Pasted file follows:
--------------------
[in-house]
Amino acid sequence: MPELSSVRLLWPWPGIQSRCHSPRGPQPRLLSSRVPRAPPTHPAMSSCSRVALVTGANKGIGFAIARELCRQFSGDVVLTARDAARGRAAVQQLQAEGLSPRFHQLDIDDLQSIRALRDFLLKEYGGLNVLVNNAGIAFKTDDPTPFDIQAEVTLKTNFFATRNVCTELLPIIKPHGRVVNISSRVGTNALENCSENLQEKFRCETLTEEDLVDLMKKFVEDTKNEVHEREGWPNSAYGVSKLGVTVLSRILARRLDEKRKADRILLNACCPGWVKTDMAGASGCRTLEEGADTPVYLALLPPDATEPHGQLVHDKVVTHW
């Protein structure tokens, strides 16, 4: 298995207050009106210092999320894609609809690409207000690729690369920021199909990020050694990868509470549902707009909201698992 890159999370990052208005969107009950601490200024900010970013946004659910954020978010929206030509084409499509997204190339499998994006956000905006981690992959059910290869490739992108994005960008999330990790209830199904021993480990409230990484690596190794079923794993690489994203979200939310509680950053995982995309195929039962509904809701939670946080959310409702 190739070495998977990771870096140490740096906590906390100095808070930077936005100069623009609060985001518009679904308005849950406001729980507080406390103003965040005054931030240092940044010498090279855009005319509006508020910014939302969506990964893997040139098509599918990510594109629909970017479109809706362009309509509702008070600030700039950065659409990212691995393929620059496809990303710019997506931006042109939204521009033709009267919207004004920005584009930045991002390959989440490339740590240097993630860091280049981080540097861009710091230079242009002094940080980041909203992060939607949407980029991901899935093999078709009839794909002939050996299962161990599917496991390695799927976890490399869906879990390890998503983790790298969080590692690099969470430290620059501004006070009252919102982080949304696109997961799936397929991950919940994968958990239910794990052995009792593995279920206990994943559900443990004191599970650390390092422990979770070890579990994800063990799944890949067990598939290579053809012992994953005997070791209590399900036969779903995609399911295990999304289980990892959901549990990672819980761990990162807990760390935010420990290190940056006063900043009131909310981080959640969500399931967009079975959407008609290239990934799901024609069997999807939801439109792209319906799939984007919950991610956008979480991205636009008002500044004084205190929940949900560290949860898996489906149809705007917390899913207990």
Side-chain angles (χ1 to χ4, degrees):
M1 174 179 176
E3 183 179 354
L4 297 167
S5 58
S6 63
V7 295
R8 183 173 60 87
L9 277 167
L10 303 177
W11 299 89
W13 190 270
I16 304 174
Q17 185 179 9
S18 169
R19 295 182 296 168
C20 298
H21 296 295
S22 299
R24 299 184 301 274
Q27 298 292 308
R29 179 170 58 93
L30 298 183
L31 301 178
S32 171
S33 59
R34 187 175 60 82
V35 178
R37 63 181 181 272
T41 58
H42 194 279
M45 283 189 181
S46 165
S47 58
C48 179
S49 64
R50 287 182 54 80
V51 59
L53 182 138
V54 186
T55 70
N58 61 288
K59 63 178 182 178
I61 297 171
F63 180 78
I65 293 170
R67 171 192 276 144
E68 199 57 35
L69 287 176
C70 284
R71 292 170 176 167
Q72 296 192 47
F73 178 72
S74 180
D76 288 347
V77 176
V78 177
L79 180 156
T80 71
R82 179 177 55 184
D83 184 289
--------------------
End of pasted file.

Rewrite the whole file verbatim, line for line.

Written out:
[in-house]
Amino acid sequence: MPELSSVRLLWPWPGIQSRCHSPRGPQPRLLSSRVPRAPPTHPAMSSCSRVALVTGANKGIGFAIARELCRQFSGDVVLTARDAARGRAAVQQLQAEGLSPRFHQLDIDDLQSIRALRDFLLKEYGGLNVLVNNAGIAFKTDDPTPFDIQAEVTLKTNFFATRNVCTELLPIIKPHGRVVNISSRVGTNALENCSENLQEKFRCETLTEEDLVDLMKKFVEDTKNEVHEREGWPNSAYGVSKLGVTVLSRILARRLDEKRKADRILLNACCPGWVKTDMAGASGCRTLEEGADTPVYLALLPPDATEPHGQLVHDKVVTHW
């Protein structure tokens, strides 16, 4: 298995207050009106210092999320894609609809690409207000690729690369920021199909990020050694990868509470549902707009909201698992 890159999370990052208005969107009950601490200024900010970013946004659910954020978010929206030509084409499509997204190339499998994006956000905006981690992959059910290869490739992108994005960008999330990790209830199904021993480990409230990484690596190794079923794993690489994203979200939310509680950053995982995309195929039962509904809701939670946080959310409702 190739070495998977990771870096140490740096906590906390100095808070930077936005100069623009609060985001518009679904308005849950406001729980507080406390103003965040005054931030240092940044010498090279855009005319509006508020910014939302969506990964893997040139098509599918990510594109629909970017479109809706362009309509509702008070600030700039950065659409990212691995393929620059496809990303710019997506931006042109939204521009033709009267919207004004920005584009930045991002390959989440490339740590240097993630860091280049981080540097861009710091230079242009002094940080980041909203992060939607949407980029991901899935093999078709009839794909002939050996299962161990599917496991390695799927976890490399869906879990390890998503983790790298969080590692690099969470430290620059501004006070009252919102982080949304696109997961799936397929991950919940994968958990239910794990052995009792593995279920206990994943559900443990004191599970650390390092422990979770070890579990994800063990799944890949067990598939290579053809012992994953005997070791209590399900036969779903995609399911295990999304289980990892959901549990990672819980761990990162807990760390935010420990290190940056006063900043009131909310981080959640969500399931967009079975959407008609290239990934799901024609069997999807939801439109792209319906799939984007919950991610956008979480991205636009008002500044004084205190929940949900560290949860898996489906149809705007917390899913207990």
Side-chain angles (χ1 to χ4, degrees):
M1 174 179 176
E3 183 179 354
L4 297 167
S5 58
S6 63
V7 295
R8 183 173 60 87
L9 277 167
L10 303 177
W11 299 89
W13 190 270
I16 304 174
Q17 185 179 9
S18 169
R19 295 182 296 168
C20 298
H21 296 295
S22 299
R24 299 184 301 274
Q27 298 292 308
R29 179 170 58 93
L30 298 183
L31 301 178
S32 171
S33 59
R34 187 175 60 82
V35 178
R37 63 181 181 272
T41 58
H42 194 279
M45 283 189 181
S46 165
S47 58
C48 179
S49 64
R50 287 182 54 80
V51 59
L53 182 138
V54 186
T55 70
N58 61 288
K59 63 178 182 178
I61 297 171
F63 180 78
I65 293 170
R67 171 192 276 144
E68 199 57 35
L69 287 176
C70 284
R71 292 170 176 167
Q72 296 192 47
F73 178 72
S74 180
D76 288 347
V77 176
V78 177
L79 180 156
T80 71
R82 179 177 55 184
D83 184 289